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Conversations with Liquid Indigo

Today we’d like to introduce you to Liquid Indigo.

Hi Liquid, so excited to have you with us today. What can you tell us about your story?
The band started as a high school band, we were all friends who had gone to middle school together and from our shared interest in music, we were brought together by the guitar club at lunch. We got into high school and decided to try to make something a little more involved than a Green Day cover band. We have practiced nearly every Sunday for four years and have become the best of friends because of it. During the beginning of the pandemic, we were beginning to compile all of the original music we had composed and wanted to begin recording an album with the help of our teacher and mentor, George Gabriel. We decided to try to record the music in an office room of one of our parents and turned it into a makeshift studio. And after about two months of recording and 10 more months of mixing, mastering, and publication with the help of our mentor Mr. Gabriel, we released our first full-length album alongside two singles. Now, as we all are leaving high school and entering a more independent era of our lives, we have begun playing shows all around the southern California and LA area at venues like The Mint, The Viper Room, and El Cid. And we are releasing more music than ever, with our latest single, “Older Now” being released just this December, to head the release of our live album “Live! At Moonshadow ’22”! We are planning on getting back to the studio to release more original studio work as well and are planning out many exciting shows for 2023!

We all face challenges, but looking back would you describe it as a relatively smooth road?
While we have always had tons of fun in the band, playing shows, and recording music, and have always tried not to take ourselves too seriously, we have had times that were a little rocky. The pandemic for us, and with most other people, was difficult for many reasons, one of which was the postponement of multiple shows, as well as our band practices. But, in a way, it was a blessing in disguise because later on in the year, the pandemic allowed us, a bunch of high school kids, the time to focus as hard as we could on recording and mixing the music we wanted to make. It may have been difficult to coordinate with Covid restrictions in mind, but it definitely allowed us the time to work on our creative and musical minds and make work that we were proud to release to the world!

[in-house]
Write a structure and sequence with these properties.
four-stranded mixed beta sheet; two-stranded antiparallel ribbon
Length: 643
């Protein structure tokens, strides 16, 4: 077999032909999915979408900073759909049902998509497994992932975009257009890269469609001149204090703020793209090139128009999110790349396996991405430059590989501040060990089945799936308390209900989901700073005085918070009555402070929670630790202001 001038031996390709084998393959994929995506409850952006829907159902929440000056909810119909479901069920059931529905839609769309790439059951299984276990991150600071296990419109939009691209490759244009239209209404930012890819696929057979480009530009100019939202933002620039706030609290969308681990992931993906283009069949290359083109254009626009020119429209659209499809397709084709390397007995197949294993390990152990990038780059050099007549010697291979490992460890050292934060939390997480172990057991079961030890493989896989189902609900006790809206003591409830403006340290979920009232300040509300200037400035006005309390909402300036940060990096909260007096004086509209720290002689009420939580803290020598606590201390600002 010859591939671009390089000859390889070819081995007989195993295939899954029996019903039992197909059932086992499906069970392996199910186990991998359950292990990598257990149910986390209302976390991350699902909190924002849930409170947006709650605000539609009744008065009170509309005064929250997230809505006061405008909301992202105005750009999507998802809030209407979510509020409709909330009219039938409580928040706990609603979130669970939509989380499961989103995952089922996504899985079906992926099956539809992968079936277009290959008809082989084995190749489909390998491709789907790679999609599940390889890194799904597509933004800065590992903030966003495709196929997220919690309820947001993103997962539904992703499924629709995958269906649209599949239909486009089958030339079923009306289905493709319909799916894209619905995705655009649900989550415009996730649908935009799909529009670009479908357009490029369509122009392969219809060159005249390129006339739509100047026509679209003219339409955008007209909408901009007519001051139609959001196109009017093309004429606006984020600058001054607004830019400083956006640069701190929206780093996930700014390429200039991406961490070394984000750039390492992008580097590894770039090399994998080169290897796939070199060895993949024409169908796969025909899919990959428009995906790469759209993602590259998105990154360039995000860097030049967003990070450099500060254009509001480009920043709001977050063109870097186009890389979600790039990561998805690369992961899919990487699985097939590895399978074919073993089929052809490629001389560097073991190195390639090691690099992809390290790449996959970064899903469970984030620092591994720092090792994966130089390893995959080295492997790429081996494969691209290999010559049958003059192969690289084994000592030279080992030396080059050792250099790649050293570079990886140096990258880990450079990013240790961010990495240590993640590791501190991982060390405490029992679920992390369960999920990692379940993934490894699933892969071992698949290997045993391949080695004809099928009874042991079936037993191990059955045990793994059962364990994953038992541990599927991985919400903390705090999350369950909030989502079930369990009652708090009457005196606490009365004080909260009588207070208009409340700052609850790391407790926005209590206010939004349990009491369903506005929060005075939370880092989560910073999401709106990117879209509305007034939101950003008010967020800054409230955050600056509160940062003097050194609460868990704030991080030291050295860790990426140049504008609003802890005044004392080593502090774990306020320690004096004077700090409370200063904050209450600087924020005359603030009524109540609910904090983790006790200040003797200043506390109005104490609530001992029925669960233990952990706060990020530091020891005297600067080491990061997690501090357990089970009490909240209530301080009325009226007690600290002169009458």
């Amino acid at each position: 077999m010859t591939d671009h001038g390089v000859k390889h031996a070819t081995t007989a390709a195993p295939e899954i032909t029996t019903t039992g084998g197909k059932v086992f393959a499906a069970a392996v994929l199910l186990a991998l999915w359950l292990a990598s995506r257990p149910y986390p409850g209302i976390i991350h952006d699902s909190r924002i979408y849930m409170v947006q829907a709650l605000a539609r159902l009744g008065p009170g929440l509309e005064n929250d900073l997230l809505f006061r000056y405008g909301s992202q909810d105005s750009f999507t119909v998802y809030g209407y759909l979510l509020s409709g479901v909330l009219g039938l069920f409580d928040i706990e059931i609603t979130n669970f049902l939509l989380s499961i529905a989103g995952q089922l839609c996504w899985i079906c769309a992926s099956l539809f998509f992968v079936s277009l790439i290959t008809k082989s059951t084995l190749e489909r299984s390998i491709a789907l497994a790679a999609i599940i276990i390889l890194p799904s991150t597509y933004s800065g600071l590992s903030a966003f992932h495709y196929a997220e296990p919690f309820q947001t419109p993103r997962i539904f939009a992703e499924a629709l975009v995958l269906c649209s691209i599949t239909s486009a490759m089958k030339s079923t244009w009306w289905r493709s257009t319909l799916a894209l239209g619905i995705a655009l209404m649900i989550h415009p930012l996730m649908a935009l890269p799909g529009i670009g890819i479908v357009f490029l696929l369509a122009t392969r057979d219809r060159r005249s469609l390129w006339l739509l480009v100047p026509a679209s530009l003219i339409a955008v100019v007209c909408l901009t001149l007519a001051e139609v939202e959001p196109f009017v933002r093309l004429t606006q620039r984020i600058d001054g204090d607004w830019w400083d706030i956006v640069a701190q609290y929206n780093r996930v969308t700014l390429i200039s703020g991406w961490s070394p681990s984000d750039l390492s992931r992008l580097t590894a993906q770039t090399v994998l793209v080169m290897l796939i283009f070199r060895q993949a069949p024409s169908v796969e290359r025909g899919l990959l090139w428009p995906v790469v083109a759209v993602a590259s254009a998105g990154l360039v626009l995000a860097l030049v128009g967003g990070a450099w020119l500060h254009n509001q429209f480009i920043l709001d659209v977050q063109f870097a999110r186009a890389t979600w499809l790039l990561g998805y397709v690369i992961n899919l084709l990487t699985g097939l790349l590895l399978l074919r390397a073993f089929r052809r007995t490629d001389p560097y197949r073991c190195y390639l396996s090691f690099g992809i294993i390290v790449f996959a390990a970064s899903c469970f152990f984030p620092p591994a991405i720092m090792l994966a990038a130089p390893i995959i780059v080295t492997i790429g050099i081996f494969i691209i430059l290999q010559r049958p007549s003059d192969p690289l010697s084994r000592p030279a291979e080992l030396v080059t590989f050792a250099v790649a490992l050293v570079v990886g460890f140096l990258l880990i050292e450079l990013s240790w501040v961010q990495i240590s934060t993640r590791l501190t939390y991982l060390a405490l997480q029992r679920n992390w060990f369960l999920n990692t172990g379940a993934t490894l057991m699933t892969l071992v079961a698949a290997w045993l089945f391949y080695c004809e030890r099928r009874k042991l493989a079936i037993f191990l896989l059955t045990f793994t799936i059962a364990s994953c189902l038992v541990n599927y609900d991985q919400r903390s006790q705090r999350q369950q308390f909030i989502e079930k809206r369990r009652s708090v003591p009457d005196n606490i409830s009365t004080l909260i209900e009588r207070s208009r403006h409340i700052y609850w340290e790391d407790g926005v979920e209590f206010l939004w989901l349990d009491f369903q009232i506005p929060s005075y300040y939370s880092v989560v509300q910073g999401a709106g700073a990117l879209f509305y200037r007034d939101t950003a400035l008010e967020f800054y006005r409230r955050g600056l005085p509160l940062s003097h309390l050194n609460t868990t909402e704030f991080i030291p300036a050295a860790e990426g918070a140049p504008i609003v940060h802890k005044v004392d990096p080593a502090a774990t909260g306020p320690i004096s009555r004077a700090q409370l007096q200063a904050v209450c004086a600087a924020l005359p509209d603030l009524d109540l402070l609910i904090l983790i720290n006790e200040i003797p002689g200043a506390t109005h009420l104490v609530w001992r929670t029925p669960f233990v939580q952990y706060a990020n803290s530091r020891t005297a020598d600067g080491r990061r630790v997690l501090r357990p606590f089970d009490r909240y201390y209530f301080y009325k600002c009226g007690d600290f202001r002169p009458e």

As you know, we’re big fans of you and your work. For our readers who might not be as familiar what can you tell them about what you do?
We are a 5 piece alt-rock band based in the Ventura/LA County area, and we write and perform psychedelic alt/indie rock for all to experience and enjoy. We would probably be most proud of the album that we have released that contains all original music by us. And just as equally proud of the loving and supportive community around us, that has rooted for us at every step of the way and has helped all of us grow in ways we could have never originally thought possible.

What sort of changes are you expecting over the next 5-10 years?
The obvious huge shift we see in the music industry today is the prominence of streaming services and the tight hold that massive companies like Spotify and apple music have on the music world. We think that the development of apps and software like this, considering where it started, from software like Napster and LimeWire, have come leaps and bounds to deliver music and entertainment to the entire world. Music is, after all, practically one of the oldest art forms and just as old of a form of communication. Music was one of the major ways of communicating ideas and stories, and still absolutely remains so all over the world. And the fact that these companies have made music easier to find than ever is, we believe, a wonderful thing.

There is, however, a definitive point to be made about the relatively small amount of money that artists do make off of streaming services and online sales. While it has made it leaps and bounds easier to publicize your music, it’s simultaneously just as easy for these software companies to give artists relatively small compensation for their work. This was the main issue people and with streaming services in the first place when they began popping up in the 2000s, and now, the issue is only minutely better. We do believe though, that with the enactment of new copyright and royalty laws, and the public image of these companies changing now that people know how little they pay artists, this issue will slowly change for the better over the next decade. Artists will always be underpaid and under-appreciated for their work, but at least this specific issue will see so form of legal restitution, potentially soon!

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Image Credits
Jules Hooper Mathias Fau

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